Are you crazy about the endless calls from collection agencies? If YES, here are 7 clever ways to stop debt collections.
If you fail to meet your monthly debt payments, your creditors can turn your account over to a collection agency. The agency then tries to help your lender raise the money you owe.
You may wonder why anyone would enjoy chasing after other nations’ debtors. In fact, however, the debt collectors have some of the money they use to help creditors collect from debtors. This explains why they are usually willing to harass and threaten debtors in order to get money from them.
Even more annoying is a new generation of debt collection agencies called debt buyers who buy old, stale debts when the original creditors drop them and pay crumbs for those unpaid bill lists to make the debtors pay and make huge profits in the process. Often times, these debt buyers rely on inaccurate information – because the information is very old – and end up looking for the wrong people.
If you are rightly or wrongly pursued by collection agencies, they must not break the law – the trap they usually fall into in despair. Here are some tips to put an end to those pesky debt collection calls for good:
7 Smart Ways to Stop Debt Collection Permanently
1) Tell them you know your rights
Debt collectors usually prohibit any of the following actions:
- Contact your employer or your neighbors to let them know about your debt ( You are only allowed to contact them to find you )
- Call at work
- Call me repeatedly
- Make a mistake
- Call late at night or at unnecessary times
- You call without revealing the identity of the creditors ( Debt buyers usually do )
- Risk of child arrest or loss of custody or social security benefits
- Publish your name
- Use derogatory or offensive language
- Use messages, languages, or symbols on envelopes or postcards to indicate that the sender is collecting debt (This will send signals that the recipient is a debtor )
Collection agencies are less likely to continue harassing you if they know you understand the rules. So have the courage to say something like this at the beginning of your conversation I know my rights under the Fair Debt Collection Act. The mere mention of the name of this act signals that you are familiar with it.
Now don’t say you know your rights. Exercise them: ask who originally had a credit card or other loan, the amount of the original debt, and the date of the original debt. Then ask the collector to send you a letter stating that the guilt is and is yours. Most of the time, they don’t want to go through a lengthy process. So they will stop.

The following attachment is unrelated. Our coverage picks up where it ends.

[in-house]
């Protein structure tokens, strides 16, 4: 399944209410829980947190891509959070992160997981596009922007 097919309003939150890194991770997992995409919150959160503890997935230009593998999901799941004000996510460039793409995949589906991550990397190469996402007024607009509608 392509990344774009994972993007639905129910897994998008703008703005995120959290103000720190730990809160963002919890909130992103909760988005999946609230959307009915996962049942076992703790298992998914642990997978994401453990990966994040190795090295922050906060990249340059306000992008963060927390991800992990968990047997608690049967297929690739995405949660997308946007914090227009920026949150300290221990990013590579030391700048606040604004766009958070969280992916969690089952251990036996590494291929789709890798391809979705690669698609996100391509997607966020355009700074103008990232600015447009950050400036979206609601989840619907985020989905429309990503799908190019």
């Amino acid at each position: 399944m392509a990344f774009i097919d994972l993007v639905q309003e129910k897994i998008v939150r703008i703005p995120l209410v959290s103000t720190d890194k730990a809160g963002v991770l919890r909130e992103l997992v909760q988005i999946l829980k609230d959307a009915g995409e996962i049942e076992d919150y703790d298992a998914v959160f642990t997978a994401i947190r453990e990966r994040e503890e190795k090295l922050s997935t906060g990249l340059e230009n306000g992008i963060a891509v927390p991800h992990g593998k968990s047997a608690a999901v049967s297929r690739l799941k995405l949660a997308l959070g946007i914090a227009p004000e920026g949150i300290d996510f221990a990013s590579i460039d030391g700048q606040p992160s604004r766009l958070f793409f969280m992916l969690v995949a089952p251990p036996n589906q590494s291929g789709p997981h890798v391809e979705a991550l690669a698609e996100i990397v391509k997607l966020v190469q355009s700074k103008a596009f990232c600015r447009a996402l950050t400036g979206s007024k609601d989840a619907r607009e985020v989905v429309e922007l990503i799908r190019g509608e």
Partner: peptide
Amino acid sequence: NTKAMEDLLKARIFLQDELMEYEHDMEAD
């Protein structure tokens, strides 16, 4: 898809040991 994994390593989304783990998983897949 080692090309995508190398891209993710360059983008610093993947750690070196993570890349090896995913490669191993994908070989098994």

Better yet, just tell them not to call you again ( or did not send them a letter of termination or rejection ) and threatens them with the law. If a collection agency breaks any of these laws, you can sue them for damages, legal fees, and an additional $ 1,000. That advice alone should be enough to send them away. If not, there are other things to do. Continue reading.
2. Imagine you want to pay
They’ll need the name and address of the debt collection agency so you can send them a cancellation and abstinence letter warning them not to call you again. The easiest way to get this information is to pretend you’re about to send a payment. You will quickly receive detailed information while you wait.
Make it clear in your letter that all subsequent communications must be in writing or through your lawyer. Keep a copy of the letter for your records.
Most collection agencies do not want to disclose their names or contact details as they do not want to receive your cancellation and opt-out letter. They understand very well that this is a strong command for them not to call you anymore (what they must obey ). The only sensible way to prevent you from using your free writing against them is to leave you at sea wherever to send it.
3. Get in contact in other ways
If you’re smart enough not to give out your contact information, there are other ways you can get it:
- Get your phone number ( they will leave it willingly ). Then call back and ask to speak to the registrar, not the collector who is handling your case. You should be able to squeeze the company name out of the registrar. Once you have the company’s name, you can find the address on the internet.
- Order all three of your credit reports. Collection agencies usually get your credit report before they contact you for the first time. Usually, your name and address are displayed in the credit report in the “Inquiries” area. Send your opt-out letter here.